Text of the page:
10.  By order dated 27.07.2007, as noted above, the District Judge dismissed the application for condonation of delay on the ground that the delay was not bona-fide and no reasonable cause has been made out to condone the delay.

11.  The reasoning of the District Judge for reaching the above conclusion was that, (i) the appellants are neither illiterate nor rustic villagers as all of them had signed in English. (ii) During the course of proceedings before the trial court, the appellants were careless and negligent.

12.  Against this order the appellants preferred a revision before the High Court.

13.  By impugned order dated 01.12.2008 the High Court dismissed the revision petition upholding the order of the District Judge. The High Court expressed the view that the delay of 63 days in filing the appeal has not been properly explained.

14.  We cannot accept the view taken by the High Court in the impugned judgment. When a Court exercises its discretion in either condoning or refusing to condone delay in filing any proceeding, the Court acts in exercise of its discretion. Normally, this Court in exercise of its discretion under Article 136 of the Constitution may not interfere with the exercise of discretion by the High Court in such matters.

However, there is no strait-jacket about this. The discretion of this Court under Article 136 of the Constitution is meant to further the ends of justice and this Court has been using its discretion in appropriate cases when it is satisfied that exercise of jurisdiction by the High Court or other Tribunals has not been on sound judicial principles. It is well settled that judicial discretion shall always be exercised "according to the rules of reason and justice and not according to private opinion" [See Sharpe Vs. Wakefield (1891 AC 193)].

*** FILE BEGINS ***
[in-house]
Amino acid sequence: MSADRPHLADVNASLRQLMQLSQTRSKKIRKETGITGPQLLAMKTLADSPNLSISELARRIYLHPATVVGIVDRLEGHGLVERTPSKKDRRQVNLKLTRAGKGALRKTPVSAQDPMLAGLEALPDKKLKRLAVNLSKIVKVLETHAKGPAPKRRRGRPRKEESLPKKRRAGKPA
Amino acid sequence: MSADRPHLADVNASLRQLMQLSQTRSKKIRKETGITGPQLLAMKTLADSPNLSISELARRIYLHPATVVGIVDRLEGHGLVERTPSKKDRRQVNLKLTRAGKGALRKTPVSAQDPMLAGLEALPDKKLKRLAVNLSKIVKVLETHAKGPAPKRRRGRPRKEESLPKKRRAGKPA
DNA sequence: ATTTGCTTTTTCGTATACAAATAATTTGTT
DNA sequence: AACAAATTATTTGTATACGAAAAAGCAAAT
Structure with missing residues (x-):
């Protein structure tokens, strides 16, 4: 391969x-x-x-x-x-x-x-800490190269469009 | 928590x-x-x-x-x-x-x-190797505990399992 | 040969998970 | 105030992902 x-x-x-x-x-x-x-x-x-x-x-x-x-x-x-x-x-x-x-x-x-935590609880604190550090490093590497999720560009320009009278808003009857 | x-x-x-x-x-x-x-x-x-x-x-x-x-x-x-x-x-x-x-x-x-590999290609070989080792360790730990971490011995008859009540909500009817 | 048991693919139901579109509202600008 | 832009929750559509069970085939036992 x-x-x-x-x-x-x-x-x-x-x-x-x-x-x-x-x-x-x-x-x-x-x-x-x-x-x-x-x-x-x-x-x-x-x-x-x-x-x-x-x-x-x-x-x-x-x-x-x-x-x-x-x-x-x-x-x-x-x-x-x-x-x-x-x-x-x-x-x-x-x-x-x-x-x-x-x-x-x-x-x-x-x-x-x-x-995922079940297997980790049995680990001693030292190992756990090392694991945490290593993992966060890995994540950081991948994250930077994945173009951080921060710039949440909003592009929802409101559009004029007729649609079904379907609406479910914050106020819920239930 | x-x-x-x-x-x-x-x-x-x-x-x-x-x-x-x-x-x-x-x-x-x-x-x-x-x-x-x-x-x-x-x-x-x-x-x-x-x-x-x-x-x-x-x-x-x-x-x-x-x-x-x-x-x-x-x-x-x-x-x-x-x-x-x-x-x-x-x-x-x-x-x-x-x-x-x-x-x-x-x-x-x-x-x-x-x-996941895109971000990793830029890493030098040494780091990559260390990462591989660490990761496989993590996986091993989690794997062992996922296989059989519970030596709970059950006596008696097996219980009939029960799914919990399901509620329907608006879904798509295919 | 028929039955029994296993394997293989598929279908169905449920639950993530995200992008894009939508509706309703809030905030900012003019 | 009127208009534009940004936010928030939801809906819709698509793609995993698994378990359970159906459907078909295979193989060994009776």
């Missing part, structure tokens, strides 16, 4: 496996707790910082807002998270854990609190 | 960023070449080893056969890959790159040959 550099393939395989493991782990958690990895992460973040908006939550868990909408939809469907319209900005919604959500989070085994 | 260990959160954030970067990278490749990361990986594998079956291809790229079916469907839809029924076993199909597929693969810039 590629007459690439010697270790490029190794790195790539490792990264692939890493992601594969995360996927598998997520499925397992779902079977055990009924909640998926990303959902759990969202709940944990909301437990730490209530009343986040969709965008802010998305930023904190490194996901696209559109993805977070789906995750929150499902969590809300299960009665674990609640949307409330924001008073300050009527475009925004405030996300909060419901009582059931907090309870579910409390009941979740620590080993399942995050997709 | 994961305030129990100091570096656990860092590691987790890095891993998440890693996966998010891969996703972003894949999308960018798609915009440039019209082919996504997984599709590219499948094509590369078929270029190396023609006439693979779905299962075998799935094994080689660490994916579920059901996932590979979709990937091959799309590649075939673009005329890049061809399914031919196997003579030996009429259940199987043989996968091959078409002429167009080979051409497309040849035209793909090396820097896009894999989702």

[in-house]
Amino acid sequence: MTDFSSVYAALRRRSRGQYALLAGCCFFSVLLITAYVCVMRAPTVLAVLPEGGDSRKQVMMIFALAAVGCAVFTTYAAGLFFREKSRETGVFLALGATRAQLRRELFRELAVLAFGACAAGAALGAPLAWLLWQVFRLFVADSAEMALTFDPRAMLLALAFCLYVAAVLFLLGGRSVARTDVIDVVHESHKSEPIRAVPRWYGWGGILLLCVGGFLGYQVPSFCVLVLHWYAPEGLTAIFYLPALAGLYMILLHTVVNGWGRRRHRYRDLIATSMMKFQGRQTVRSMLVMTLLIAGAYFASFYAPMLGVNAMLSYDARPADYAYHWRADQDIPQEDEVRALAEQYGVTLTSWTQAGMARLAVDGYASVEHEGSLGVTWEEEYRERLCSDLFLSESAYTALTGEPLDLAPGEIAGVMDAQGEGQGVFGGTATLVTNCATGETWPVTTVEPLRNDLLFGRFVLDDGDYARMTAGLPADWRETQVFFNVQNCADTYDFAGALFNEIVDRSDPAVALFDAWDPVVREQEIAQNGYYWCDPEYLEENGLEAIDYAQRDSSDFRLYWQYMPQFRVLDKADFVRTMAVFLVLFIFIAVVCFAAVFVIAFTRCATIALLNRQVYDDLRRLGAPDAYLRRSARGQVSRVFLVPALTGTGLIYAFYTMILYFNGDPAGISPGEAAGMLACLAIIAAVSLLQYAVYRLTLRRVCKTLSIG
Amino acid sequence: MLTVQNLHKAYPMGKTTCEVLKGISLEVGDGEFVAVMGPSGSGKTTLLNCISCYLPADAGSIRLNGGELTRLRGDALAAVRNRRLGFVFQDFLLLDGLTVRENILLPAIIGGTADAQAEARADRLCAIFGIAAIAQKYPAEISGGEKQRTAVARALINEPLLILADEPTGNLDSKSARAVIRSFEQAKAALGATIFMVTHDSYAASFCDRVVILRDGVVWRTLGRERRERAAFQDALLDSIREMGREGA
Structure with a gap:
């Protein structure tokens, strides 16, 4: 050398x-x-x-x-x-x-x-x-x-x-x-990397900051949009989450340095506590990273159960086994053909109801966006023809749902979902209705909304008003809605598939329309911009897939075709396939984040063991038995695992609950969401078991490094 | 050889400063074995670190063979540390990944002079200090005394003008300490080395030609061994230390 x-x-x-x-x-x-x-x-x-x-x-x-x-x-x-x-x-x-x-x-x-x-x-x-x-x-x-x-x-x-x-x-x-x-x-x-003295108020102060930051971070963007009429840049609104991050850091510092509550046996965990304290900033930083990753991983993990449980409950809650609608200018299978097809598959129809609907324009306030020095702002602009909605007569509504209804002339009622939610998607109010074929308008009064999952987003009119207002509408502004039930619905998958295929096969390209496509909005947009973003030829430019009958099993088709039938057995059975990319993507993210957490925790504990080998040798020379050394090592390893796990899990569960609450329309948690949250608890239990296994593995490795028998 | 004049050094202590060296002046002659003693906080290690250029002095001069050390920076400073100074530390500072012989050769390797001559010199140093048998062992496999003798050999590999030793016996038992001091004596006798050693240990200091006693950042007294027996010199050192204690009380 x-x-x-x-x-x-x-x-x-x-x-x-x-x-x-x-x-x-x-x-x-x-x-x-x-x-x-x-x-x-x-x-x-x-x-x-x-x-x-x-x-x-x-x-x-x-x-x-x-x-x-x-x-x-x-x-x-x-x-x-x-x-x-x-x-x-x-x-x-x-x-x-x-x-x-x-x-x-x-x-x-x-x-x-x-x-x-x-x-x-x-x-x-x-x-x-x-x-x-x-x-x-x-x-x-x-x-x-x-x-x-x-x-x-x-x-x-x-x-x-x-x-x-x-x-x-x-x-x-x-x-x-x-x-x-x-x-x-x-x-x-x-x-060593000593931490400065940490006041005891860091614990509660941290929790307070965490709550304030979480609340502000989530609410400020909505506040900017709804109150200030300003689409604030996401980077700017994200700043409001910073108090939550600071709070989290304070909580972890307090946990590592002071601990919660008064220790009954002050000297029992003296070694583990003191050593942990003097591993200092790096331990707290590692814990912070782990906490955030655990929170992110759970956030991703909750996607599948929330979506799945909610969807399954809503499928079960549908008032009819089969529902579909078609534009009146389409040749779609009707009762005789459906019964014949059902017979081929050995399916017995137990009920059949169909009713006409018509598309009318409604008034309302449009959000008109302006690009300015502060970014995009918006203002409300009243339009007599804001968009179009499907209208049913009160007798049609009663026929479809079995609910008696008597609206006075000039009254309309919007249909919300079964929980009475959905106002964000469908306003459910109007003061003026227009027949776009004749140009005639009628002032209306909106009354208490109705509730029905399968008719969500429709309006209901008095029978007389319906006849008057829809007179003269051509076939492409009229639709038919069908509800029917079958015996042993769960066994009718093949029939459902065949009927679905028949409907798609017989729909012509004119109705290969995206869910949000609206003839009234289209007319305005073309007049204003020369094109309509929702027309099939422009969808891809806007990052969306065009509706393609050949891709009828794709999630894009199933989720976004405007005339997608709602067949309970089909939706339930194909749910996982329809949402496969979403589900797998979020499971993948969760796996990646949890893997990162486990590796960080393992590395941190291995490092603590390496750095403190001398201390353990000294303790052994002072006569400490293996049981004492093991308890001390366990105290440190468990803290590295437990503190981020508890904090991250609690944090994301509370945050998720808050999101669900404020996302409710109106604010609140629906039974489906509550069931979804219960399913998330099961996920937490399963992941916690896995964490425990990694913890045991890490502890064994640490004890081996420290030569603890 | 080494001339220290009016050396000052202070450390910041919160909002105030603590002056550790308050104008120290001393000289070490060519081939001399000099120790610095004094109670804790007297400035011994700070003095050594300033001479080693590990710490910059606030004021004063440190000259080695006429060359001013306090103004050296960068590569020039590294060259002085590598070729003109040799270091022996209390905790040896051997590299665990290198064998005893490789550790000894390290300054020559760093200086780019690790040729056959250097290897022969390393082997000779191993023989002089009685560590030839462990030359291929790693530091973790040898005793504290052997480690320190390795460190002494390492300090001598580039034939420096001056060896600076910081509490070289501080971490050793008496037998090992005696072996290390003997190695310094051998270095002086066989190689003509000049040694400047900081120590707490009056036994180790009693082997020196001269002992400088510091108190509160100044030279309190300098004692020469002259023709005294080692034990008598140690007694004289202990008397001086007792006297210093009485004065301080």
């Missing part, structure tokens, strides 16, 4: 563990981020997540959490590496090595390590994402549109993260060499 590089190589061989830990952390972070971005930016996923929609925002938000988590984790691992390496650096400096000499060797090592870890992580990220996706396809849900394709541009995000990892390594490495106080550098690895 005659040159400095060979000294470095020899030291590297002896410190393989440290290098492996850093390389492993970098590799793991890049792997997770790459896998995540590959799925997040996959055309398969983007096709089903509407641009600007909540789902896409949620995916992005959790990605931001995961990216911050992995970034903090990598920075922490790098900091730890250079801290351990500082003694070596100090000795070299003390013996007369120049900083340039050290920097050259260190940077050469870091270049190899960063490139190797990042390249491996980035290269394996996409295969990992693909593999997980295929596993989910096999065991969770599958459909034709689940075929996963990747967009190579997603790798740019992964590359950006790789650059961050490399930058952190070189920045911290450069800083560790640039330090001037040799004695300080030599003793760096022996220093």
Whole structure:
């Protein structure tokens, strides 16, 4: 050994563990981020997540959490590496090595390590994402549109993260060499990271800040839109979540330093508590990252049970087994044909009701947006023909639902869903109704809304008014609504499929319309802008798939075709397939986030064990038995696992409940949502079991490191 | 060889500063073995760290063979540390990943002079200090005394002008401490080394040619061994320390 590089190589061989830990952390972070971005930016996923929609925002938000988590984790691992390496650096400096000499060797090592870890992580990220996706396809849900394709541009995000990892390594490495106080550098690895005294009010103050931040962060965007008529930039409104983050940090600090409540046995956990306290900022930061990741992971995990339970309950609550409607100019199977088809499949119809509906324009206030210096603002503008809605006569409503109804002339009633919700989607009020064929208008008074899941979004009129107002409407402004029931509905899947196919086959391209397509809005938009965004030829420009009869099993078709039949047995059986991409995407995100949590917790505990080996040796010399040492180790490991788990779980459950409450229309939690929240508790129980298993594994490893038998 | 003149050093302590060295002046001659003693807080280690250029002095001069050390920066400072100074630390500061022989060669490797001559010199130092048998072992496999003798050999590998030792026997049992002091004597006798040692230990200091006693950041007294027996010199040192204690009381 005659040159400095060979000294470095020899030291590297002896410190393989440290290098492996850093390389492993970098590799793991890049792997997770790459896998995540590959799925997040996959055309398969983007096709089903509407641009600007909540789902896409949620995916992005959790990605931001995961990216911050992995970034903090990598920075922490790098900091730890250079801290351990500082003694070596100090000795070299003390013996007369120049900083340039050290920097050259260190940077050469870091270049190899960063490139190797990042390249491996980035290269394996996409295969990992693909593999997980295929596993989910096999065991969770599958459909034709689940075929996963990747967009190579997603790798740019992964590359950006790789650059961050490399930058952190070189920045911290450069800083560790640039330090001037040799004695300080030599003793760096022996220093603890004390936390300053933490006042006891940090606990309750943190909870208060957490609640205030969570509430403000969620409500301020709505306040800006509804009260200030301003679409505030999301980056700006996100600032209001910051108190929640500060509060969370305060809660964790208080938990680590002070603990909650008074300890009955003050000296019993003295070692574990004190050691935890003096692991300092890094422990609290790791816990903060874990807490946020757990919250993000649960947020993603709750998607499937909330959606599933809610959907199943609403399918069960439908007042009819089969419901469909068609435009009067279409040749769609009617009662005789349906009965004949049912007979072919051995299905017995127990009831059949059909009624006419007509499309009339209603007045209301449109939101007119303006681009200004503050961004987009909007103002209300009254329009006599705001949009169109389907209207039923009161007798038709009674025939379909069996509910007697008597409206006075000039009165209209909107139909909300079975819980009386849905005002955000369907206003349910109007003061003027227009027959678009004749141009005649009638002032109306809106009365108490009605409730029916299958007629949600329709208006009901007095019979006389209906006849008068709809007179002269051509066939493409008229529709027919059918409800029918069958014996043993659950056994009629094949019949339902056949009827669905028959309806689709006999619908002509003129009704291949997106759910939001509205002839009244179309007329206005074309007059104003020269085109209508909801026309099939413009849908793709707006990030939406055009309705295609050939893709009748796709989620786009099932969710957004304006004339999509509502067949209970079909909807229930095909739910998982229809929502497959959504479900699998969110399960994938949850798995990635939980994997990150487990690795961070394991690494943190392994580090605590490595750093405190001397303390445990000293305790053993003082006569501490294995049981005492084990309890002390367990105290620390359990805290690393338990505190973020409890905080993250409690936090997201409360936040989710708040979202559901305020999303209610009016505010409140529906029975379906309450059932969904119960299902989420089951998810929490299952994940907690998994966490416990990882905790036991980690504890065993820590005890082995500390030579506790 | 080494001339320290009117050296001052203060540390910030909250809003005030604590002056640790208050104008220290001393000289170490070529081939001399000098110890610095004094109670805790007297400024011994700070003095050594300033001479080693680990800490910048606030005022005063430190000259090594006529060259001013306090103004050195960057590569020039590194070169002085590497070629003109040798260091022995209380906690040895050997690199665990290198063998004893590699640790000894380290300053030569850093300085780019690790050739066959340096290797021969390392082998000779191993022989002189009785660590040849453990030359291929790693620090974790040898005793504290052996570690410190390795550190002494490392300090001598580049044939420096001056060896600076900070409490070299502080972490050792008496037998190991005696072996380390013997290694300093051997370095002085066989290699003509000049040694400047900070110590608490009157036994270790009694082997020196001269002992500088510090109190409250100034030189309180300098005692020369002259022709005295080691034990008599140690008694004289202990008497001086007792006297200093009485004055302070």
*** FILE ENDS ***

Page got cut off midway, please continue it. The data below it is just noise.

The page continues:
15.  In the facts of this case it is clear that of all the three ladies, who were the appellants, one of them was pursuing the case and she fell sick. Therefore, she was not in a position to pursue the legal remedy with due diligence as a result of which the appeal was filed with a delay of 63 days. The delay of 63 days is not a delay for a long period and there has been some explanation for the delay. The High Court should have, before passing the impugned judgment, considered the explanation for the delay along with the facts of the case, the position of the parties, the nature of the litigation and the period of delay.

The High Court should also have considered that it has been settled by a catena of cases that, unless the delay is gross, an explanation for the same should be liberally construed. It appears that the High Court has not been able to consider all these relevant facts in their correct perspective before passing the impugned order.

16.  We, therefore, are constrained to set aside the order of the High Court and condone the delay. We direct that the appeal should be restored to its file and the hearing of the appeal may proceed as expeditiously as possible.

17.  However, nothing said in this judgment should be considered as expression of opinion on the merits of the controversy between the parties. The appeal is allowed. There will be no order as to costs.

.......................J. (ASOK KUMAR GANGULY)

.......................J. (GYAN SUDHA MISRA)

New Delhi

November 03, 2011